By Derek Lawrence
March 01, 2019 at 09:45 AM EST

It’s hard to picture Shameless without Emmy Rossum, but that will soon be the reality when the actress steps away from the beloved series that her character, Fiona Gallagher, has been the heart and soul of for nine seasons.

“I was 23 when the show started and it’s been pretty remarkable the confidence that it’s given me,” Rossum, now 32, tells EW. “It’s been a long, wonderful journey and I’m so close to my Gallagher family that to walk away is quite bittersweet, but it did feel like it was time for the character to spread her wings and that there was less need for her. I never want something to just feel like a job and so I’m leaving while I still love it.”

It has been far from smooth sailing for Fiona down the stretch, with the aspiring entrepreneur’s life crashing down earlier this season, sending her into an alcohol-fueled spiral. But, as the most recent episode ended with Fiona hitting rock bottom and going to an AA meeting, Rossum appears to be getting both the “messy darkness” that she loves and the happy ending.

Paul Sarkis/SHOWTIME

Ahead of Rossum’s final two episodes, EW chatted with the actress about Fiona’s “moving” goodbye, whether she will return, and what’s next. Also, above, see the first look at the actress’ final episode (is she finally visiting Ian in prison?!).

ENTERTAINMENT WEEKLY: You’ve talked a bit about this already, but why did now seem like the right time for you and the character to leave? It’s been nine seasons, so obviously you’ve put in more than your share of time.
EMMY ROSSUM: I had felt that coming for a while — 110 hours of a character is a long time and it’s one that’s been a really fascinating journey. I’ve never had the opportunity to tell a story in such long-form before, and it can become quite fascinating, because you just get to investigate so many different aspects of a person and experience their growth over a long period of time. And it was also, not only experiencing that as a character but myself as well. I was 23 when the show started and now I’m not and it’s been pretty remarkable the confidence that it’s given me, that [showrunner] John Weells has given me, encouraging me to write and direct, giving me the chance to direct on the show, mentoring me as a writer. And it really does feel like we’ve spent nine wonderful years together, and it also feels like I’m excited to experience what else is out there, what other characters will excite me in the way that Fiona did for so long, and to see what else I can tackle, what is scary and exciting and wonderful. I always look forward to things that I’m not sure if I can pull off, things that intimidate me when I look at them on a page. I like that journey of discovery and I never ever want to become complacent in my work.  So yeah, it does feel like I’ve really grown up, and also she has in watching the incredible rise and fall and rise again and fall again. There have really been two distinct cycles for her over the nine seasons. We’ve watched her ascend and gain some traction in her life in the first few seasons, and season 4 really took a dip with drugs and jail time, and then she built her way back up, became the manager of a restaurant, a property owner, and then her hubris led her to bite off more than she can chew. And when she lost it all, the same old demons and coping mechanisms came back with her anger, her inherited trait of alcoholism. And so it’s been really fun to play those dynamics, especially because they are so different from who I am.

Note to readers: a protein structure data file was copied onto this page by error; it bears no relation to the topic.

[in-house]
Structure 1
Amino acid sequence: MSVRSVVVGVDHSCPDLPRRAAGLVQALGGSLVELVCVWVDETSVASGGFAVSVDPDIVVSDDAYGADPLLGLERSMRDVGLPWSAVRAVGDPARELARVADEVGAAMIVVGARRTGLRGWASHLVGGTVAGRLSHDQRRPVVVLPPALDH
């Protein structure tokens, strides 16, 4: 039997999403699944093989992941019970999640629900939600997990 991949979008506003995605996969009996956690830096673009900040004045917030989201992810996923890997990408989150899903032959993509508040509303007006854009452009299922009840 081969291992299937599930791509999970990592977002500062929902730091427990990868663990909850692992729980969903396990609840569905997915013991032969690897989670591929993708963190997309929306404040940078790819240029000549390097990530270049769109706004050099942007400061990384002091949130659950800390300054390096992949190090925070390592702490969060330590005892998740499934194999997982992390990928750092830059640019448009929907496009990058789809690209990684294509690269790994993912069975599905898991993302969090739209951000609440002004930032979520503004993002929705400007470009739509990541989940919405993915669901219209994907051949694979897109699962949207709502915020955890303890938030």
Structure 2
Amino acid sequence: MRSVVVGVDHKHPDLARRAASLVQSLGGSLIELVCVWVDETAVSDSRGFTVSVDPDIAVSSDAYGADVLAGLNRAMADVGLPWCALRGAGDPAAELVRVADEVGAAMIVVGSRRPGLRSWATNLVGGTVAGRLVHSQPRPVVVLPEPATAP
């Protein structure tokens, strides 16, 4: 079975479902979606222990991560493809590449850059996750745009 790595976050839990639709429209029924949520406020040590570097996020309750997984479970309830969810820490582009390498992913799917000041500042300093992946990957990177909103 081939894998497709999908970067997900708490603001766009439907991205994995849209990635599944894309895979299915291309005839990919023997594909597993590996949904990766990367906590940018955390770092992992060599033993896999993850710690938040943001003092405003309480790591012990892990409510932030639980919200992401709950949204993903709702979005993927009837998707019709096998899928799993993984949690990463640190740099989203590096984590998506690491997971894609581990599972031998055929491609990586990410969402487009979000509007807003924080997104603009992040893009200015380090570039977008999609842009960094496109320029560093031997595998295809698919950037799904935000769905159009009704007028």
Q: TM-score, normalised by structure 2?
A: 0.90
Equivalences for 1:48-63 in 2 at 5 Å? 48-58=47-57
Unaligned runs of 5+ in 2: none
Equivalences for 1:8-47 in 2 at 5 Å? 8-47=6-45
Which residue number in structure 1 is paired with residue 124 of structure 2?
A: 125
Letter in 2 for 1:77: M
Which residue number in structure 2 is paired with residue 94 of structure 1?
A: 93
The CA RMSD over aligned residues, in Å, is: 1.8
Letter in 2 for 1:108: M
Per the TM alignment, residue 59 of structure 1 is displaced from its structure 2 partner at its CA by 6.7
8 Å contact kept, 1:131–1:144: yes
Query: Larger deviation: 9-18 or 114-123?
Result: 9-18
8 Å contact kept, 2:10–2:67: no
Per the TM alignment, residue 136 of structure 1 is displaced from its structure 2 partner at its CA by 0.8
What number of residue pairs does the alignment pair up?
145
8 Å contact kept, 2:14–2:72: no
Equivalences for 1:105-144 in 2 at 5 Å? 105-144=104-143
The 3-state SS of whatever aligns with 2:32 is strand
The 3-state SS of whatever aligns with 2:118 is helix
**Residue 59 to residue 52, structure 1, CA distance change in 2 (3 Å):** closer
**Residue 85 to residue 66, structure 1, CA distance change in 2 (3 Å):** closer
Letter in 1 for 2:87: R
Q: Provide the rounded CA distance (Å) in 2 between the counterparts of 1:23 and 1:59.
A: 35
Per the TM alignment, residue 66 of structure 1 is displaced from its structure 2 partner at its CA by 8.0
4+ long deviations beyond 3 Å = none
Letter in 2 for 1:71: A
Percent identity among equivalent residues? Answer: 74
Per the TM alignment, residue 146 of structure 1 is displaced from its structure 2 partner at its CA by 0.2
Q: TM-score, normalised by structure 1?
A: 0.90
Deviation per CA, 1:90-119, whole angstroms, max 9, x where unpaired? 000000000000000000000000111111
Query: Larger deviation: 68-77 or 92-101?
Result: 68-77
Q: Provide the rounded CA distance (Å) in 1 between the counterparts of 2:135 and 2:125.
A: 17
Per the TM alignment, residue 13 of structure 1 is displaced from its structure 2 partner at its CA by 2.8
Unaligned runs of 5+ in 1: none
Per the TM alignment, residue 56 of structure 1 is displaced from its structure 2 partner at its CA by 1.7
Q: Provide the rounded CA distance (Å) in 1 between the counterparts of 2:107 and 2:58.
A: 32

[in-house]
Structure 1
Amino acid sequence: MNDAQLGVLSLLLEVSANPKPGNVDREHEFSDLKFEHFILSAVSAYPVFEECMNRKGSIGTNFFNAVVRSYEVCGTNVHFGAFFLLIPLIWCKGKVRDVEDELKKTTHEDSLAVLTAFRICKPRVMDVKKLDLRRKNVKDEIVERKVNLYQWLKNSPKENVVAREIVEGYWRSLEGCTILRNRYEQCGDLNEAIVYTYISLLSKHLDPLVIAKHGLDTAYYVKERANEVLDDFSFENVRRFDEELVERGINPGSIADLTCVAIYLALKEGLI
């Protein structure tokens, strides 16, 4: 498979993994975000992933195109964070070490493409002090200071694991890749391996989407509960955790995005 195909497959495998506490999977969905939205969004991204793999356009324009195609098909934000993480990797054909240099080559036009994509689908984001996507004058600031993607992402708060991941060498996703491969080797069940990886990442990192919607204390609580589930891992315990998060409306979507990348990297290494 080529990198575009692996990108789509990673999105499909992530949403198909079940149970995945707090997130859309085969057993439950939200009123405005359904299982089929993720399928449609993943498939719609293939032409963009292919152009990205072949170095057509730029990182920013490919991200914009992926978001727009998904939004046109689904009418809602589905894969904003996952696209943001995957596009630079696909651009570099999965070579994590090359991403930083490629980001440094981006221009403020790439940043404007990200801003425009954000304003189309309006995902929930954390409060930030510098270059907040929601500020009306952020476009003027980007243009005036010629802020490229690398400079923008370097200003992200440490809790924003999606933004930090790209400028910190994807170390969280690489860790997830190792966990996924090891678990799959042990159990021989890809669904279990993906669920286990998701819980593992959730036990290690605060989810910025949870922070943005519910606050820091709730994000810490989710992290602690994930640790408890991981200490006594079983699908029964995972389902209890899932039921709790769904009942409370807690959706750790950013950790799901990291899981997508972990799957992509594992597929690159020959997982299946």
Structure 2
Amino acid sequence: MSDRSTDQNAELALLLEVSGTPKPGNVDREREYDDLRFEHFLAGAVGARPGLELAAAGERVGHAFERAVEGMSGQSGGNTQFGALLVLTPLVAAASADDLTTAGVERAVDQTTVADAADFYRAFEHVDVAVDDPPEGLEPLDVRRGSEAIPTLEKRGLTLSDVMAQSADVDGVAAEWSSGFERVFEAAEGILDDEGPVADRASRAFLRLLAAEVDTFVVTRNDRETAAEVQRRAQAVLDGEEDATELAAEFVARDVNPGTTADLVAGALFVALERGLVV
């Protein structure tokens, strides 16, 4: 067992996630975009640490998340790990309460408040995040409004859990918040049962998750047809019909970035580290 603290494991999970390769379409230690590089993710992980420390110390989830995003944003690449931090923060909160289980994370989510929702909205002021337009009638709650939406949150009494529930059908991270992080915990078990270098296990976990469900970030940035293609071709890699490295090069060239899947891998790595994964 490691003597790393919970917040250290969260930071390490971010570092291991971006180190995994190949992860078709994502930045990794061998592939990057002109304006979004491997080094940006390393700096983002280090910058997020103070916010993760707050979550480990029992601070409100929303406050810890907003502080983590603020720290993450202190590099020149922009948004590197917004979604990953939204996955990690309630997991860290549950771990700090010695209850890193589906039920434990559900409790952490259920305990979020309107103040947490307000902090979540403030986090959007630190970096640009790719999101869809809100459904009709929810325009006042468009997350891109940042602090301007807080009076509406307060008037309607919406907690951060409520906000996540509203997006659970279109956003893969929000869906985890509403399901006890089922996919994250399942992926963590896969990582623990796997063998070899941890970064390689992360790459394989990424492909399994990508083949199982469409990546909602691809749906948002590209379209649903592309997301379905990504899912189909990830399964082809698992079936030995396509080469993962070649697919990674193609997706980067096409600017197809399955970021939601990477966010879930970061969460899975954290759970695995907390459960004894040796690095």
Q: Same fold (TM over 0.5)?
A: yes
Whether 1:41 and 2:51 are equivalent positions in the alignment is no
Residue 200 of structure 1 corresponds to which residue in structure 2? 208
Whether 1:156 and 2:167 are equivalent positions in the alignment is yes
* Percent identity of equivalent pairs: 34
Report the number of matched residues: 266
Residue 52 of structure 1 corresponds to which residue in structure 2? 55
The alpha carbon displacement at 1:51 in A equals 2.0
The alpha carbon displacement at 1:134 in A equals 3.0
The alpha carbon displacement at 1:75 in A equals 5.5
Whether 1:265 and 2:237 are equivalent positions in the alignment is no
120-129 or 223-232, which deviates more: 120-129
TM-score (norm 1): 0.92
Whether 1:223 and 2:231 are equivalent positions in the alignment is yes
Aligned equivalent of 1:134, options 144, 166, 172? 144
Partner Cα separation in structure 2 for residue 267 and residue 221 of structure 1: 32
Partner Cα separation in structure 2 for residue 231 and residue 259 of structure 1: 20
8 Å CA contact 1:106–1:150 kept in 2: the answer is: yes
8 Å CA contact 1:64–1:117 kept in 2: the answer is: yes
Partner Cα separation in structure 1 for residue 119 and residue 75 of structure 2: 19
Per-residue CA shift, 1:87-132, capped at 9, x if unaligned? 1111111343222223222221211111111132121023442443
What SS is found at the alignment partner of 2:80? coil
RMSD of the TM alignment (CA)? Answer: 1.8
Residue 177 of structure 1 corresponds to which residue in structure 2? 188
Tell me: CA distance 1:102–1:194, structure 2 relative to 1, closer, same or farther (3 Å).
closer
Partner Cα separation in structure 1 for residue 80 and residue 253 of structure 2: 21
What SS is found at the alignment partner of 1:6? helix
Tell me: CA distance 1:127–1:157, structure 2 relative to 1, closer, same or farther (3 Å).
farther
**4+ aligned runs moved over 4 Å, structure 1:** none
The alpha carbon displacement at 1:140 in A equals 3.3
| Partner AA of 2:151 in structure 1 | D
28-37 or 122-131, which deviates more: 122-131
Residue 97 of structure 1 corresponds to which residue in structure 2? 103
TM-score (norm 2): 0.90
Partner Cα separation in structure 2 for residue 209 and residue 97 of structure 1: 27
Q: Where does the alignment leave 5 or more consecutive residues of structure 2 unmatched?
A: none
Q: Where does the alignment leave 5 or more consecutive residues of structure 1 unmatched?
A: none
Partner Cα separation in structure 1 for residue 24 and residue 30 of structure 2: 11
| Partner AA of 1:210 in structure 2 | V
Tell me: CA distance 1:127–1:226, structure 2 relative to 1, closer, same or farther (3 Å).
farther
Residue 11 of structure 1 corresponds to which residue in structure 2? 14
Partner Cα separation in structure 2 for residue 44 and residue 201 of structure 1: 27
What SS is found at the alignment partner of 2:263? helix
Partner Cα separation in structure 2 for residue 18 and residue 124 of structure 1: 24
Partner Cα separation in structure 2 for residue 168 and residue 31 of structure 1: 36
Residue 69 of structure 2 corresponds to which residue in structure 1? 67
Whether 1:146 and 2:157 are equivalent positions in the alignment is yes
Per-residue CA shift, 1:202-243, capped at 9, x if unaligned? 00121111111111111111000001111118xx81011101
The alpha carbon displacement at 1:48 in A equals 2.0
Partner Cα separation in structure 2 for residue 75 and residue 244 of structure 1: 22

We’ve seen tough stretches for Fiona over the years, but this was definitely a very dark run for her over the back half of the season. She had pulled herself up and really made some big moves, only for it to come crashing down. What did you enjoy about this arc and why did it seem like a fitting final one for you?
I always wanted Fiona to leave on a high note and I’ve campaigned for that since the beginning. Fiona is not only close to my heart, but I think kind of like a pillar of strength in the family. But at the same time, I love the messy darkness that she falls into. I love the chaos that she craves and attracts and it’s much, much more exciting and thrilling to play her when she’s going through s— and when she’s combusting than when she’s a successful property owner. So, selfishly, I feel two ways about it. As an actor, I want to play a mess, it’s more fun, it’s more expansive, especially taking her to the lows that she went this year, which are so much lower than she’s ever been.

It doesn’t get much lower than waking up next to Frank (William H. Macy) in your old building that you’re now squatting in and being so hungover that you’re nonstop vomiting.
Reading on the page, much of what John wrote for this episode, especially the end of it, which you’re talking about, is relatively silent. And that’s some of my favorite acting to do. Don’t get me wrong, every actor loves a monologue, but to get to express things just by repeatedly vomiting and showing what her life has become — in silence — is quite exciting. And John is always very, very specific about how he writes silent scenes. It’s extremely emotionally specific. So he really gives you a road map of how that scene should be and he gives me a lot of reign to experiment in that.